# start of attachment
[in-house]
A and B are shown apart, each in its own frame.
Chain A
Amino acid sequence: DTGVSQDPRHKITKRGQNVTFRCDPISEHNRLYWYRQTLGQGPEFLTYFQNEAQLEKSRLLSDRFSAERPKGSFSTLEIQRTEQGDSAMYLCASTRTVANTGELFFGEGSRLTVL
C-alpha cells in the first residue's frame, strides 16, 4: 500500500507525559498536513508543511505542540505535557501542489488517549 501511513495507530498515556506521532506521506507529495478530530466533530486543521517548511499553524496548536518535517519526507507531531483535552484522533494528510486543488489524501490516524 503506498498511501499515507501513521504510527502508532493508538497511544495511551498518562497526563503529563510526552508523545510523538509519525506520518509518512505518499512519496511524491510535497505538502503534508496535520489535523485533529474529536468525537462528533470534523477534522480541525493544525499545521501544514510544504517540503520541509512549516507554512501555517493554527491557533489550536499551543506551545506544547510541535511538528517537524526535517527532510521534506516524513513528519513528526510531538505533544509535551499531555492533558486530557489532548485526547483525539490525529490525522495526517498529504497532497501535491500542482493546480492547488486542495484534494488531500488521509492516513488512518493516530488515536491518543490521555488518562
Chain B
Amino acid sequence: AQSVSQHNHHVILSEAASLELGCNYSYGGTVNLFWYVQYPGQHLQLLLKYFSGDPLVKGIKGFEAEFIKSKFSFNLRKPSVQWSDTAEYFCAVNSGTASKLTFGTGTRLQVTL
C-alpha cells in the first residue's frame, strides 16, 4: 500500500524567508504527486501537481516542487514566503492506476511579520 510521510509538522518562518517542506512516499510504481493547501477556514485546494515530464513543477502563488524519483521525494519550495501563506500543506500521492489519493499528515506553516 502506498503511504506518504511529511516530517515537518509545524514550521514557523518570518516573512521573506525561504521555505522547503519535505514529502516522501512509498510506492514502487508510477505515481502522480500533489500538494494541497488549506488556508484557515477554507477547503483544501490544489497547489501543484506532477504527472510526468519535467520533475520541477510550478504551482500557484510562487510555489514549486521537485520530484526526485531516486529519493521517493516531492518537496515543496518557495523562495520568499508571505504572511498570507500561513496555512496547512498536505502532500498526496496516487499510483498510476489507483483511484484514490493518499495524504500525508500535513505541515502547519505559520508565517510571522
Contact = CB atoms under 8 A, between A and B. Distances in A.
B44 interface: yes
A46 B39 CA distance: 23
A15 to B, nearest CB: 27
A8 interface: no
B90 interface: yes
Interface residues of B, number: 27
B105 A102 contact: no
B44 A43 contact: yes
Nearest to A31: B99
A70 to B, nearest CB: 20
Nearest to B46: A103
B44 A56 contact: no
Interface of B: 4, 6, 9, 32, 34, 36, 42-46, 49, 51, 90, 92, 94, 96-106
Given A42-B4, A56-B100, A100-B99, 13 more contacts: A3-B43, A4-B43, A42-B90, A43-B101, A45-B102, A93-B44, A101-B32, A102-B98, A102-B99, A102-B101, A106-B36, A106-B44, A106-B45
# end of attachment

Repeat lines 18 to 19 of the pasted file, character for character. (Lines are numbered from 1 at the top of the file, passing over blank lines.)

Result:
Nearest to A31: B99
A70 to B, nearest CB: 20